Sitting in the heart of a major geological basin, Budapest claims to be the only capital city in the world with healing thermal springs. There are around 123 that have forced their way through cracks in the limestone hills, giving rise to a rich spa culture that began among the Celtic tribes in the first century AD.
The Romans were fans too, as ruins at spots like Obuda attest, however it wasn’t until the 16th century, during the Ottoman Empire’s 150-year occupation, that bathing culture exploded.
Popular spots, such as the recently renovated Rudas and Veli Bej Csaszar bath offer a chance to soak underneath typical, 16th-century Turkish dome roofs.
In the 19th century, global bathing culture was repopularised. Budapest quickly erected several new bath-houses, including tourist hot-spots Gellert and Szechenyi.
Nowadays, there are almost too many to choose from. Whether it be a warm soak, an outdoor swim at one of the “beaches” (read: cold pools) or a massage after a strenuous morning of pavement-pounding, you need to try at least one of these.
Locals’ favourite: Lukacs baths
Price: 2800FT (weekdays) ($14); free with a Budapest card
A favourite meeting place of intellectuals, artists and politicians, these baths are said to have the most curative powers of any in the capital and are among the least touristy. If the stink of sulphur is anything to go by (even in the drinking fountain inside the baths, where locals glug the foul-smelling water directly from one of the springs), these are the real deal.
Dating back to the Middle Ages, the baths were given a facelift in the late 19th century, and attracted visitors from around the world. You can still see the plaques of gratitude in the courtyard left by successfully cured tourists.
If you wander around inside you’ll see some weird and wonderful delights; elderly women hanging by their necks in traction pools (you need to produce a doctor’s certificate before you’re allowed to try this), old men gossiping and elderly women in bright turquoise and cherry red-coloured swimming caps.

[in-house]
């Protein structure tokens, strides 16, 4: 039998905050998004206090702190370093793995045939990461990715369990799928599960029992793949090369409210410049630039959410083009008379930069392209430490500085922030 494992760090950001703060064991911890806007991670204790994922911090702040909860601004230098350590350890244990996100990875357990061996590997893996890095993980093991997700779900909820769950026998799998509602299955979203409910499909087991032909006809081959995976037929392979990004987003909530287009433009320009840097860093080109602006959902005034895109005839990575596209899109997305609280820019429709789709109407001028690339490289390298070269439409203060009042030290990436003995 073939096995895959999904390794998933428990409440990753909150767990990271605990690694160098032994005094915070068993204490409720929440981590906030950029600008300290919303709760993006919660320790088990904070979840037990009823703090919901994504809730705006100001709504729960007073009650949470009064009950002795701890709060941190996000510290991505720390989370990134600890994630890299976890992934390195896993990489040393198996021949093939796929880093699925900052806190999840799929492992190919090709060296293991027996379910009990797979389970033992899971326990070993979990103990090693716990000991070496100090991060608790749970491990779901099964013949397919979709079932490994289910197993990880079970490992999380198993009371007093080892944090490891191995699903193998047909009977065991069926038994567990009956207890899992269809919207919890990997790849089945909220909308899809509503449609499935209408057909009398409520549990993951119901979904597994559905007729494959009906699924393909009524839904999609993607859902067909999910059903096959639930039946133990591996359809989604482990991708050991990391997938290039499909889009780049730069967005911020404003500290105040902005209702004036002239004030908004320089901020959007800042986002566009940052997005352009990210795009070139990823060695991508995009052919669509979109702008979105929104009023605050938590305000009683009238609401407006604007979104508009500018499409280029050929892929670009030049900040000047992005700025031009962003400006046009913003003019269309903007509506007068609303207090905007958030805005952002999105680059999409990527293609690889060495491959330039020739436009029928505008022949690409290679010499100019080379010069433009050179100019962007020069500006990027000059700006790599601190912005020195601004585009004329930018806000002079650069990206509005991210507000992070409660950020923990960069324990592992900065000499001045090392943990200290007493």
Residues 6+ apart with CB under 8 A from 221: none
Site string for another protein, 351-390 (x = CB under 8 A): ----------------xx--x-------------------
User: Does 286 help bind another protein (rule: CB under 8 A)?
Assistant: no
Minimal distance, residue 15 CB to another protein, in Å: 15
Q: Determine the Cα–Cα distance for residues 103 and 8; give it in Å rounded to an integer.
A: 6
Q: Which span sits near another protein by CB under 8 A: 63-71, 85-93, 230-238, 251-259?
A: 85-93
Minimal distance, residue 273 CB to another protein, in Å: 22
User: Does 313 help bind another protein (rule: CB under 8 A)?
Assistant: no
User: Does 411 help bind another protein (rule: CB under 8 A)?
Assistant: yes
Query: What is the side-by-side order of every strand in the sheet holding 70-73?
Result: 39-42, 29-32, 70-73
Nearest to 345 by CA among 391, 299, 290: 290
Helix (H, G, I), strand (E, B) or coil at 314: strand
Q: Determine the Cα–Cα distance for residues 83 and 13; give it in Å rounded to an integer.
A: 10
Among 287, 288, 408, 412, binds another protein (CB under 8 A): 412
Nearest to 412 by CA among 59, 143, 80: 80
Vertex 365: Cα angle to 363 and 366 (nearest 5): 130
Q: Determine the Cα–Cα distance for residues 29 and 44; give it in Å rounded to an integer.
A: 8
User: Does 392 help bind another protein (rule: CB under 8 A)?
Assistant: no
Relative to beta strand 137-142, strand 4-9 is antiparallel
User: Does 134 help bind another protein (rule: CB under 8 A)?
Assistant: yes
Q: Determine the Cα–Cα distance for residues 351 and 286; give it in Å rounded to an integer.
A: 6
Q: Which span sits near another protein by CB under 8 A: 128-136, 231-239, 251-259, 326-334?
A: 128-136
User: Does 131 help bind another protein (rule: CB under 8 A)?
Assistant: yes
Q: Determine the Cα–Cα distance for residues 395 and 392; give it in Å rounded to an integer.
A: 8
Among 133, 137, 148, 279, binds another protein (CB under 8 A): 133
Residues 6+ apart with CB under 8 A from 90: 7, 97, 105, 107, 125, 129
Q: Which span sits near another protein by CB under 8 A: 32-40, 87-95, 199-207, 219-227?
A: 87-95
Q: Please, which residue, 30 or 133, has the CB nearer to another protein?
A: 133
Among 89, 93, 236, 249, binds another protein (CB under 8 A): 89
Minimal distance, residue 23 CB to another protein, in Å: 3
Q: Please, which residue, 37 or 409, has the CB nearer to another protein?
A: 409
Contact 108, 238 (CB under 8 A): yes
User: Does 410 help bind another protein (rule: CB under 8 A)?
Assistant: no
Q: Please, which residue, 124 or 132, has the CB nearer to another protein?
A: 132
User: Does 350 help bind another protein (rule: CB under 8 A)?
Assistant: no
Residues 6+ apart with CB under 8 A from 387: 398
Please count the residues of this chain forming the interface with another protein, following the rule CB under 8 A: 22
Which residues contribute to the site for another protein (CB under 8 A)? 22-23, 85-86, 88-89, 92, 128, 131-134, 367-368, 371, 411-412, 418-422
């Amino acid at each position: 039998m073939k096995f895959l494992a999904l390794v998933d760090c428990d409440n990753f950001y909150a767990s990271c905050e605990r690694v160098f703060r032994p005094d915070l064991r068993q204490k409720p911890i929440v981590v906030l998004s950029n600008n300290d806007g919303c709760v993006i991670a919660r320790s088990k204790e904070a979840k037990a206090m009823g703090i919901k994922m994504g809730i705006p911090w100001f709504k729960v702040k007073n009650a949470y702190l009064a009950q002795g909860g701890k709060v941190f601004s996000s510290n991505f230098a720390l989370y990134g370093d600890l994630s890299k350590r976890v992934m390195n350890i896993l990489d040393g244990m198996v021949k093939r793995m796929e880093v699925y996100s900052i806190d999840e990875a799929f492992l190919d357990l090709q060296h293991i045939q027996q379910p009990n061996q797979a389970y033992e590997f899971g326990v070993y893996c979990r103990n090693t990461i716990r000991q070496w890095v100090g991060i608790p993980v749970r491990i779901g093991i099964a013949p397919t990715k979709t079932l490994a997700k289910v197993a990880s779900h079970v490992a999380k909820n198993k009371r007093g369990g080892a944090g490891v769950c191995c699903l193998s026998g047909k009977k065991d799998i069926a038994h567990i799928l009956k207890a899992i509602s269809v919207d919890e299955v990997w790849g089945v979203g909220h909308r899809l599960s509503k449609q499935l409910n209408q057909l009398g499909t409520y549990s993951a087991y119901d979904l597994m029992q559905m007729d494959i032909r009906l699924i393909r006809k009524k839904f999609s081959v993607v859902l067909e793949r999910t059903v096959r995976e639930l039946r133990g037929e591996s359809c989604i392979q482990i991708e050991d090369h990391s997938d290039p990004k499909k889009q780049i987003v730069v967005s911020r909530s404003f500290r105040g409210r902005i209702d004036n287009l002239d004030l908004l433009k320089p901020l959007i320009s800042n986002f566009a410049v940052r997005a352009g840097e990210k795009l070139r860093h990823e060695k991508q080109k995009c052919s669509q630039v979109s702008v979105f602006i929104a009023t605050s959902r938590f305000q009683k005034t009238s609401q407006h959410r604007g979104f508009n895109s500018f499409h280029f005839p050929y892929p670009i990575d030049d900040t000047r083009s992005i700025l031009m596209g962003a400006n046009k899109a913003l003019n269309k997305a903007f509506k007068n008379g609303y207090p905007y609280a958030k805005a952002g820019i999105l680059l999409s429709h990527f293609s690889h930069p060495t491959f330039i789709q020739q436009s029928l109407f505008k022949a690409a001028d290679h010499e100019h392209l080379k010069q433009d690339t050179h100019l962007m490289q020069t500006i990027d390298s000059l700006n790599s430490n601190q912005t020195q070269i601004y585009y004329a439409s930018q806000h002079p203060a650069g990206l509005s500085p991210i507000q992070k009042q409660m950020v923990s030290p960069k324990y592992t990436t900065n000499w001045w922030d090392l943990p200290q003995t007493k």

Explore the outside area, including the easy-to-miss rooftop sunbathing spot, treat yourself to a thoroughly good massage for around $15 and don’t miss the salt room, which has salt-brick-lined walls that offer untold benefits for those with respiratory problems or asthmatic complaints.
The most beautiful: Gellert
PRICE: 4900FT (weekdays) ($25)
The St Gellert Spa and Hotel opened its doors in 1918. You can still marvel at the beautiful pyro-granite tiling around the pools, as well as stained-glass ceilings and marble floors – some of it still in its original condition – while you soak in one of the many indoor pools.
Be prepared to get lost in the labyrinth-like surroundings; keep an extra 30 minutes tucked up your sleeve. This spa is also the most child-friendly of the lot; kids (and adults) will be sure to get a kick out of Europe’s only wave pool.
There are a swathe of options if you want to treat yourself, including the delicious-smelling chocolate massage and the luxurious Cleopatra spa (bathing in milk and honey). If you opt for the couple’s red wine spa (supposedly jam-packed full of antioxidants and great to soak in) it comes complete with a large tiled bath, private sauna and a giant shower. It is best enjoyed with a lover, not your aunt. In order to retain some decorum, try an evening session rather than the 10am slot we opted for, when drinking a bottle of Hungarian red (which comes free with the spa) is vaguely more appropriate.
The biggest: Szechenyi
Price: 4100FT (weekdays) ($20.50)
Situated in the Unesco World Heritage City Park, Szechenyi was the first thermal bath on the Pest side and, with 18 indoor and outdoor pools, is one of the largest spa complexes in Europe and was an alleged favourite of Elizabeth Taylor.
The beach is a good spot to watch older men battling it out on the in-pool tables designed for chess. Bring your own chess pieces.
If that’s not challenging enough, try taking it to the corporeal extreme (or conquer your fear of being locked in a sauna and desiccating to death) by sitting in the 80 to 100C sauna. Refresh in the 16C plunge pool next door. Be warned: you’ll need a lie-down after.
Top tips for Budapest bathing
• Bring your own towel (even if you are just getting a massage), Jandals, and a bathing cap (a shower cap will suffice).
• Give yourself time to properly memorise the location of your locker (all tickets include one). They are damn near impossible to find again.
• Weekdays are cheaper than weekends, and some pools offer special deals for early morning, afternoon and evening baths. Check online at bathsbudapest.com
• Don’t leave without trying the curative gymnastics (aqua aerobics); the class is conducted in Hungarian, so be sure to stand at the back so you can copy others. Be prepared to (finally) break through the po-faced ambiguity of the locals.